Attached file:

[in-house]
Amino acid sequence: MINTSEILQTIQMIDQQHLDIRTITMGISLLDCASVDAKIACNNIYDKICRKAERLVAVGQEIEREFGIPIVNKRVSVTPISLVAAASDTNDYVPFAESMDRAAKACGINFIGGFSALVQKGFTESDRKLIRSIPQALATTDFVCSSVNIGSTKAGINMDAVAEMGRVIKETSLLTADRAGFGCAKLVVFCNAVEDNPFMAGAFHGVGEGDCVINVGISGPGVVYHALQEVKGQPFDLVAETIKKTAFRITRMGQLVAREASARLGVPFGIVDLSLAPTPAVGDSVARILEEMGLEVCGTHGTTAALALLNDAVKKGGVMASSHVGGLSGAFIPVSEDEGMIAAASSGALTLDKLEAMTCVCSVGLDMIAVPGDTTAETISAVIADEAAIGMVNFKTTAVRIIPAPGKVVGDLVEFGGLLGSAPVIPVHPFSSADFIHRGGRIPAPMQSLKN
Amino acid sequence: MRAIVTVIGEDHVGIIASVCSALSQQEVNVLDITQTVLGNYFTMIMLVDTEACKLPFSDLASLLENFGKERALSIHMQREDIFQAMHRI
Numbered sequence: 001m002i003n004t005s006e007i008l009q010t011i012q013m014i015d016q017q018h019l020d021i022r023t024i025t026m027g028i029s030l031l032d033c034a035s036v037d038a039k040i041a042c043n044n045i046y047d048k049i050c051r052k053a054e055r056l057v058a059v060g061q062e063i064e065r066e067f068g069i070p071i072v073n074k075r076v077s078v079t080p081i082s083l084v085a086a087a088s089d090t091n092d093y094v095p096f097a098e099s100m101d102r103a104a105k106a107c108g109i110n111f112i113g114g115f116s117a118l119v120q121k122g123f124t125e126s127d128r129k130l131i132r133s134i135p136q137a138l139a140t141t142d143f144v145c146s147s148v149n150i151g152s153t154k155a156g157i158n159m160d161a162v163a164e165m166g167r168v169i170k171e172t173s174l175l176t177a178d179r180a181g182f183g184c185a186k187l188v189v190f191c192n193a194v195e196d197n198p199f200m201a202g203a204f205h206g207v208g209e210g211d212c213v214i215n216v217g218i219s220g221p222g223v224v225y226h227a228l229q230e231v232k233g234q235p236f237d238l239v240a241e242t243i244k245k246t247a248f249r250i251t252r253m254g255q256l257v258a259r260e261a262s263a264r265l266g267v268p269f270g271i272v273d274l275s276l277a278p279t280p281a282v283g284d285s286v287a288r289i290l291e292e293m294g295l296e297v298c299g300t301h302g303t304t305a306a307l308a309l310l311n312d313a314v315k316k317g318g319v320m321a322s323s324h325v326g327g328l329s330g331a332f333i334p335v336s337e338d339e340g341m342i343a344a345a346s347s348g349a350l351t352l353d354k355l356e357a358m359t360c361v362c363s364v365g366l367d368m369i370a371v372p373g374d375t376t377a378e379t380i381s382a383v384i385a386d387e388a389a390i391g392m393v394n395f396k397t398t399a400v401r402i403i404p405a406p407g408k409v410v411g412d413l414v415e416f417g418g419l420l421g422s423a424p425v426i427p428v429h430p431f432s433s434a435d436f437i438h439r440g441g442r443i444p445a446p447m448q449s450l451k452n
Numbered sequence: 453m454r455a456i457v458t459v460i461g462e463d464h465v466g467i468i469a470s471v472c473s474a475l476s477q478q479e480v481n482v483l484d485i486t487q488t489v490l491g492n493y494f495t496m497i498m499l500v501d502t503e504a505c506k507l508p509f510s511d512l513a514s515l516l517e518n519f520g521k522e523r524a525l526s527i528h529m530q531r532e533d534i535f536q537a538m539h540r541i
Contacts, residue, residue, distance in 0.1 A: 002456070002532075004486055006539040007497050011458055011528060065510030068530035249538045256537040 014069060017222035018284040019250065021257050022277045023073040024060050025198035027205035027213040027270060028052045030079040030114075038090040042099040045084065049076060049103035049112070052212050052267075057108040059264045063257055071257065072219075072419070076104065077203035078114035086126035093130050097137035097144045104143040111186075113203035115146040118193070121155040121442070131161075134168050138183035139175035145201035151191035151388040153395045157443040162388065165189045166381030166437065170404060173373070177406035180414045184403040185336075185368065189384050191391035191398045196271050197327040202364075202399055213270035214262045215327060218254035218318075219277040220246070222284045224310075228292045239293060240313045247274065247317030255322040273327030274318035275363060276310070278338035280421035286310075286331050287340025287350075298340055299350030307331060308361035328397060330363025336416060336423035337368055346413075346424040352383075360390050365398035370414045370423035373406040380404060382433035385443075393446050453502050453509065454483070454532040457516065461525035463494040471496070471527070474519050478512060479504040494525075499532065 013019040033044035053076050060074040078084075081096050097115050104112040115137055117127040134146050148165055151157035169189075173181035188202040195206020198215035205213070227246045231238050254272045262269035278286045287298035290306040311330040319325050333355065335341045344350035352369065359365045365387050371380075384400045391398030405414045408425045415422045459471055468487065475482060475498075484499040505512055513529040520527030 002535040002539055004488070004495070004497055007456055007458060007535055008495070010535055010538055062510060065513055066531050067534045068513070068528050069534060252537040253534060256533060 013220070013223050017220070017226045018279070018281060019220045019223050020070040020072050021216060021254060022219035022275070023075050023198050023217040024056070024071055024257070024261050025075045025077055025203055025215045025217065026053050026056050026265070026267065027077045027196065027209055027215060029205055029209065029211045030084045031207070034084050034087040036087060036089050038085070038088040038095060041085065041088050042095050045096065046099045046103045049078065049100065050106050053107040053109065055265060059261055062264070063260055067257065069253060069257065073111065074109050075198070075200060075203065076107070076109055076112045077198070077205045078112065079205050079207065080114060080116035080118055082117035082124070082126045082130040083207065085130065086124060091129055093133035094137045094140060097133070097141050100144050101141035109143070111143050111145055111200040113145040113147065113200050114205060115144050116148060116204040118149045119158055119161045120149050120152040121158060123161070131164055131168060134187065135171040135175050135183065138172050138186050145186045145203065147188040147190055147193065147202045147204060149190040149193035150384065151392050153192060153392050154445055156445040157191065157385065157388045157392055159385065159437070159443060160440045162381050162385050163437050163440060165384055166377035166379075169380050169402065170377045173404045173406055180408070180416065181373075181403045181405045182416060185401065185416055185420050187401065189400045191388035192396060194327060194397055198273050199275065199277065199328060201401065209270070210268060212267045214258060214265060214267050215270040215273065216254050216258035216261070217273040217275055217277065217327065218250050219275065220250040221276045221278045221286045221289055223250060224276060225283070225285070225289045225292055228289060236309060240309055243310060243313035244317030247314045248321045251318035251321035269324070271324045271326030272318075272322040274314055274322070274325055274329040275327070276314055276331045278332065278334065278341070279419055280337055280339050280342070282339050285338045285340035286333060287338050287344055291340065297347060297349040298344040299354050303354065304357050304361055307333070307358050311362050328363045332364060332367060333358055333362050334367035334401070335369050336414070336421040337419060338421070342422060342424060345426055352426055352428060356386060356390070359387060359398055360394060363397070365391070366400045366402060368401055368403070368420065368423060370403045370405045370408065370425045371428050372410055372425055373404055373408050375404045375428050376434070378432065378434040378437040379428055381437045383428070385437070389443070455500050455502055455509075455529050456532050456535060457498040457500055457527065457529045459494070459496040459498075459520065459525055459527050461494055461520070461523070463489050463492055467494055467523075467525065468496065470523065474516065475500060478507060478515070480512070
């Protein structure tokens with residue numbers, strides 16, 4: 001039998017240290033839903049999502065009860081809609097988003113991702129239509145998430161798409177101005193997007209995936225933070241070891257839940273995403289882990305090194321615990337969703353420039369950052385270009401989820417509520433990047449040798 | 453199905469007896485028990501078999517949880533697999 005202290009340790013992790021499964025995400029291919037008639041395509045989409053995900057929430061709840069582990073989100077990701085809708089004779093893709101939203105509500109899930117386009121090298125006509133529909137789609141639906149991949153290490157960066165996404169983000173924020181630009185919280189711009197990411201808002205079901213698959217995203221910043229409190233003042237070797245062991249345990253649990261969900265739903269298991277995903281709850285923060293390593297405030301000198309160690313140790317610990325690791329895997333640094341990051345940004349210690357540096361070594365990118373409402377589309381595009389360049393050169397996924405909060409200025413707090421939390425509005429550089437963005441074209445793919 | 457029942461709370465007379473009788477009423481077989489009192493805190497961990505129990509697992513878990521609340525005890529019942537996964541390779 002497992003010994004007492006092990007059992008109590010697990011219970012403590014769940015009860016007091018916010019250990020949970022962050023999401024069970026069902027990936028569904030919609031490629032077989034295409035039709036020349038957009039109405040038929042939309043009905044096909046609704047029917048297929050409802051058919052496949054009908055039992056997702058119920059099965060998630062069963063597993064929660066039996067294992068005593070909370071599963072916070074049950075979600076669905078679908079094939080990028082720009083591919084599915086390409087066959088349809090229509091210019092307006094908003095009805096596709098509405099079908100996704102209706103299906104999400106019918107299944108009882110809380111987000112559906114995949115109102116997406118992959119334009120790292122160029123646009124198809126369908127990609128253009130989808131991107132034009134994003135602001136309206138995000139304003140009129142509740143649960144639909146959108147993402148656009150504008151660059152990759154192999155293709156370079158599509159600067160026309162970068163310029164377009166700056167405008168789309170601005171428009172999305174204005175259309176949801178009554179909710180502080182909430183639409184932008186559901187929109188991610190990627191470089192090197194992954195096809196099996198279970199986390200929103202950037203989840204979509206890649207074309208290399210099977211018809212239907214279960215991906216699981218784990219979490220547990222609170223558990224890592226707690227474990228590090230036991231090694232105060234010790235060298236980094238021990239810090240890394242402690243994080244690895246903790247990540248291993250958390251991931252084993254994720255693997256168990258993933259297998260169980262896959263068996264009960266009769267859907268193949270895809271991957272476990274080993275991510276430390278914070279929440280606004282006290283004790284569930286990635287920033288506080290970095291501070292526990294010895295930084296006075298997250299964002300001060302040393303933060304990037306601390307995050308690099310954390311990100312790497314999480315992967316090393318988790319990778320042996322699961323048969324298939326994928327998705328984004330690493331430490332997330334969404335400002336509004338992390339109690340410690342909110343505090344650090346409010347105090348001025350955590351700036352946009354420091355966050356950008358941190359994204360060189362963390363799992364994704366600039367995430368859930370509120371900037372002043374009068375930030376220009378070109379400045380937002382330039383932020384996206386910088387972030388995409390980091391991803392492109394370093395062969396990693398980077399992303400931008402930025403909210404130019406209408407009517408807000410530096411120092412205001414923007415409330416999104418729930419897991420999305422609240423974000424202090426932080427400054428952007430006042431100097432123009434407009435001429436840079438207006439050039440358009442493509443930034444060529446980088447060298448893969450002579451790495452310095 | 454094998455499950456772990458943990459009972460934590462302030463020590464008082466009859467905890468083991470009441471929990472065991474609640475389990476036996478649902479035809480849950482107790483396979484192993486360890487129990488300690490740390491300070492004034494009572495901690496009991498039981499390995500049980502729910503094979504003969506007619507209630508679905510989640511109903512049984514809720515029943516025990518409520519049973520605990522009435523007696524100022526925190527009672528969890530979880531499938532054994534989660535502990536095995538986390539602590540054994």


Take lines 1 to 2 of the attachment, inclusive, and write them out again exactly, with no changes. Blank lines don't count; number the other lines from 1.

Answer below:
[in-house]
Amino acid sequence: MINTSEILQTIQMIDQQHLDIRTITMGISLLDCASVDAKIACNNIYDKICRKAERLVAVGQEIEREFGIPIVNKRVSVTPISLVAAASDTNDYVPFAESMDRAAKACGINFIGGFSALVQKGFTESDRKLIRSIPQALATTDFVCSSVNIGSTKAGINMDAVAEMGRVIKETSLLTADRAGFGCAKLVVFCNAVEDNPFMAGAFHGVGEGDCVINVGISGPGVVYHALQEVKGQPFDLVAETIKKTAFRITRMGQLVAREASARLGVPFGIVDLSLAPTPAVGDSVARILEEMGLEVCGTHGTTAALALLNDAVKKGGVMASSHVGGLSGAFIPVSEDEGMIAAASSGALTLDKLEAMTCVCSVGLDMIAVPGDTTAETISAVIADEAAIGMVNFKTTAVRIIPAPGKVVGDLVEFGGLLGSAPVIPVHPFSSADFIHRGGRIPAPMQSLKN